In Germany, future teachers of foreign languages do not only develop their language proficiency, but they also study linguistics, literary studies and foreign language pedagogy (didactics, as it is termed in Germany). Since, at most German universities, all of these are autonomous disciplines, this raises questions of interdisciplinary correspondences, coordination and interrelatedness between all of them, even inside the same university department. This potential lack of coherence between the various strands of university study programmes poses a considerable challenge to university classrooms, teachers and students alike.
The Interdisciplinarity of Teacher Education in the Languages
At long last, this issue was recently addressed in a series of interdisciplinary conferences:
- Perspectives of Teaching Romance Languages in Salzburg, Austria, in 2015
- a symposium in Wuppertal, Germany, titled Coherence and Correspondence in University Teacher Education, organized by Prof. Dr. Baerbel Diehr in the summer of 2017
- a panel named Mediating Literature? at the annual Romance Studies Conference in Zurich in 2017
- this year’s annual Spring Research Conference on Teaching Foreign Languages, gathering at Rauischholzhausen Castle, Giessen/Marburg, Germany.
Most recently, the interdisciplinary conference titled
- Controversial. Literary Pedagogy meets Literary Studies in Bremen, organized by Prof. Dr. Andreas Grünewald, Dr. Maike Hethey and Dr. Karen Struve
discussed strategies of how theory in the academic disciplines, language pedagogies and literary studies from across the philologies could be connected to the corresponding fields in other disciplines and languages.
If any general conclusions can be drawn at all after the Bremen conference, it is a general insight into the need to develop a reflective practice of interdisciplinary academic research and strategies for this endeavour in university classrooms. The following could be the pillars of establishing such interdisciplinary correspondences in studying and teaching literature:1 A theory-based study of literature: As Ellen Grünkemeier, Dagmar Stöfele and Jürgen Wehrmann demonstrated, theoretically founded approaches to literature do not only equip students with a repertoire of more systematic ways of reading literary texts, but they also provide them with insight into the relativity of readings and their dependence on underlying (often subjective) theories. There is an emancipatory dimension in such theory-based approaches since they allow future teachers to make their own critical judgements on readings presented in course books, curricula, school editions of literary texts and model interpretations. 2 Interdisciplinary dialogue and research: The Bremen conference produced rich evidence of the current lack of interdisciplinary attention between the various philologies and pedagogies regarding their respective theoretical foundations and approaches on the one hand, and the great potential of interdisciplinary collaboration and research on the other. Many of the recent developments in the language pedagogies benefit from concepts and approaches in the study of culture in the broadest sense, and, as the author of this blog argued in his keynote, literary studies could in a similar fashion also benefit from an openness towards new approaches in the field of teaching literature — whether that’s new and popular aesthetic literary forms (like short digital videos, fan comics or types of autobiography) or a broad range of signifying languages and practices employed by young people that require multiple literacies beyond verbal languages. 3 Literary Methodologies, like close reading as an analytical, wide reading as a contextualizing method or the systematic identification of intermedial references in a novel (as demonstrated in a case study by Benjamin Inal), provide students in university and in school classrooms with literary tools that have high transfer potential beyond the individual literary text that is examined. Methodologies can act as interdisciplinary bridges connecting literary studies and literary pedagogies and also the various philologies and languages. 4 Literature as a field of cultural practice: During a marvelous evening with Iris Radisch, editor-in-chief of Die Zeit literature and art section and expert in French post-war literature and philosophy, all of the participants and a large non-academic audience had the unique chance to experience how and in what sense literature can and must be regarded as an important field of cultural practice. This is why Carola Surkamp, in her paper on digital literature and literary practices, emphasized the pedagogical imperative to equip teacher students and young people in literary school classrooms with a discourse competence that makes it possible for them to participate and to critically position themselves in the field of reading and also producing literature, films and other, maybe even more innovative aesthetic artefacts.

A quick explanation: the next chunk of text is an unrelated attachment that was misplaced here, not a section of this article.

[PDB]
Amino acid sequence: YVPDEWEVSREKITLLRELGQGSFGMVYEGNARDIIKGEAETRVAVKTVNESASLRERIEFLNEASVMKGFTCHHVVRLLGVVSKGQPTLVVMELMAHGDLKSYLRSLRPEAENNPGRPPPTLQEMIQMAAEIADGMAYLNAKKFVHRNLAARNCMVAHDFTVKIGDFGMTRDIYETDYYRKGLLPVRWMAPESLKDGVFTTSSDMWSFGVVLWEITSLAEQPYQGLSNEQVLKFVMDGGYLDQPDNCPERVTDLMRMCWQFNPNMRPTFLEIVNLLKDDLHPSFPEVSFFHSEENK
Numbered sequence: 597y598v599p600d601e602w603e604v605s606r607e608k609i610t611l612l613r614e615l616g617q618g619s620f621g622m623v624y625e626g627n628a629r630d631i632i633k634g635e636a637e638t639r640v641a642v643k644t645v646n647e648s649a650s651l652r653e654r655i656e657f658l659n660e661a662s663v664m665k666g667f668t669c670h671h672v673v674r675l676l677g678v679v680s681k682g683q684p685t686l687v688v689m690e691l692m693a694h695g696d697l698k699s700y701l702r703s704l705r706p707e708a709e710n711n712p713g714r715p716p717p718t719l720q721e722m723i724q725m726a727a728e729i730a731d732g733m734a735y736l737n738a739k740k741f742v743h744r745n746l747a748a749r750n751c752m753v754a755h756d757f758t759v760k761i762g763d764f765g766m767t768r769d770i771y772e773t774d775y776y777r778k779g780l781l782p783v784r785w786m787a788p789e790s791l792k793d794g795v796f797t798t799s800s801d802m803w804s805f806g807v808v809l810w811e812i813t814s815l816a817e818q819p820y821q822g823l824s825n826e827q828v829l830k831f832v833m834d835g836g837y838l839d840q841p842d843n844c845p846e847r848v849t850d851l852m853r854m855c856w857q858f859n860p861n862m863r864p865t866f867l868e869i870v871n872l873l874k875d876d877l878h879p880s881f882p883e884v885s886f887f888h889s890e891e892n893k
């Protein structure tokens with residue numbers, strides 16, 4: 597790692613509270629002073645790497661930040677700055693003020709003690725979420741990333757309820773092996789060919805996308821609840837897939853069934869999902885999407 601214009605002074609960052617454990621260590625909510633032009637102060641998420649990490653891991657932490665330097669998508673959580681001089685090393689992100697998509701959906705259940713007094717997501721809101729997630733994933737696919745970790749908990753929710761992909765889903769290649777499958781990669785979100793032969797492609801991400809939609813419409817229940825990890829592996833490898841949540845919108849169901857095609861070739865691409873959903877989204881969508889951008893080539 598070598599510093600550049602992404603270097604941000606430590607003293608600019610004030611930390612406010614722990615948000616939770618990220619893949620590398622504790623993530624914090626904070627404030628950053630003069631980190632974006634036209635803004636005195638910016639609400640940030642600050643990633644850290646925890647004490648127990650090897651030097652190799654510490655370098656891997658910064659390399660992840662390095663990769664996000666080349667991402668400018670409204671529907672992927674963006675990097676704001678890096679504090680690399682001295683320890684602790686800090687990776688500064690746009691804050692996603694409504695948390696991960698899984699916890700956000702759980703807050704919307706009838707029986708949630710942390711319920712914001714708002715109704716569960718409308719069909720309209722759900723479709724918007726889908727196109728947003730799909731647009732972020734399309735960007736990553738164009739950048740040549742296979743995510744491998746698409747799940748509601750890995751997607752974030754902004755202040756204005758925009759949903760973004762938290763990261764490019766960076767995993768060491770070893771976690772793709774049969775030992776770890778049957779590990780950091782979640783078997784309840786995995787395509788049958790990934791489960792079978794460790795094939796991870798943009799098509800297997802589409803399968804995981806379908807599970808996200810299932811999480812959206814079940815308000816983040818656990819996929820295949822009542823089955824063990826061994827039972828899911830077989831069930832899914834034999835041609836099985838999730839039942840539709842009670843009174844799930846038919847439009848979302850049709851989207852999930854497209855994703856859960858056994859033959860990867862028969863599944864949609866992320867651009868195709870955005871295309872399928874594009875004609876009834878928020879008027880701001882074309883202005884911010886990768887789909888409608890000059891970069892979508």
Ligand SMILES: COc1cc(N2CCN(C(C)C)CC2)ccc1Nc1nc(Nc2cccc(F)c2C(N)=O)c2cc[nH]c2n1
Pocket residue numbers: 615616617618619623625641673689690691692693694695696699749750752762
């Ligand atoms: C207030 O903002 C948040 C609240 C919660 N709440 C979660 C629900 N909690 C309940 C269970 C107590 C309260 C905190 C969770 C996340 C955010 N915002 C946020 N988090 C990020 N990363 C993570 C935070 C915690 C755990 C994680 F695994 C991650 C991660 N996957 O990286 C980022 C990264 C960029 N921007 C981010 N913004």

The series of conferences (and corresponding publications) provides us with good reasons to hope that there is a new, reflective and critical interdisciplinary awareness emerging that may lead to new forms of dialogue, collaboration and interdisciplinary research and teaching in higher education. There is a lot to be gained for the literary classroom, in university and school education alike.